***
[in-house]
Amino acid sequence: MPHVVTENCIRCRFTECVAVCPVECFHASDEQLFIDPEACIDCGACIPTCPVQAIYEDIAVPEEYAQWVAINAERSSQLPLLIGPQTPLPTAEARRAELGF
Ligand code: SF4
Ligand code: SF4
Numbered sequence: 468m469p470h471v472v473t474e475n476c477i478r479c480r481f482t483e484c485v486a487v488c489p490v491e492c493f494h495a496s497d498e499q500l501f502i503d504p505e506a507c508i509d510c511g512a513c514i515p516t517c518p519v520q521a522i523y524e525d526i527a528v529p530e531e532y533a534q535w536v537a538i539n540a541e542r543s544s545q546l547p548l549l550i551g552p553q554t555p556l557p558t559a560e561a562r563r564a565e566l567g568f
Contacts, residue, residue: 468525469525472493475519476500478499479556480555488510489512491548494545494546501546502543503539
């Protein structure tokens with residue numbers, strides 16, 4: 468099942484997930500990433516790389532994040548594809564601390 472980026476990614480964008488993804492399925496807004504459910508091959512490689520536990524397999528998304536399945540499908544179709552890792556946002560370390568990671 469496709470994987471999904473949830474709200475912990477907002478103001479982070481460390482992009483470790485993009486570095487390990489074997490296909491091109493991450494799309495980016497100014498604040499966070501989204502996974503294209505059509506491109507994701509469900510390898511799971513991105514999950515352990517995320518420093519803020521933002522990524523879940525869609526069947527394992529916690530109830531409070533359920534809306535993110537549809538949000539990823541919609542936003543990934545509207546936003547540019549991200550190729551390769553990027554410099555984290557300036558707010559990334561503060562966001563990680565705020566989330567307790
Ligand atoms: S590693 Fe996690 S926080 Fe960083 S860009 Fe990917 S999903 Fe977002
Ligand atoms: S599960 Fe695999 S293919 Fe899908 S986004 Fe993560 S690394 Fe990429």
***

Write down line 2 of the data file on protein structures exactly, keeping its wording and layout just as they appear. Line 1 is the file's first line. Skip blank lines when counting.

Amino acid sequence: MPHVVTENCIRCRFTECVAVCPVECFHASDEQLFIDPEACIDCGACIPTCPVQAIYEDIAVPEEYAQWVAINAERSSQLPLLIGPQTPLPTAEARRAELGF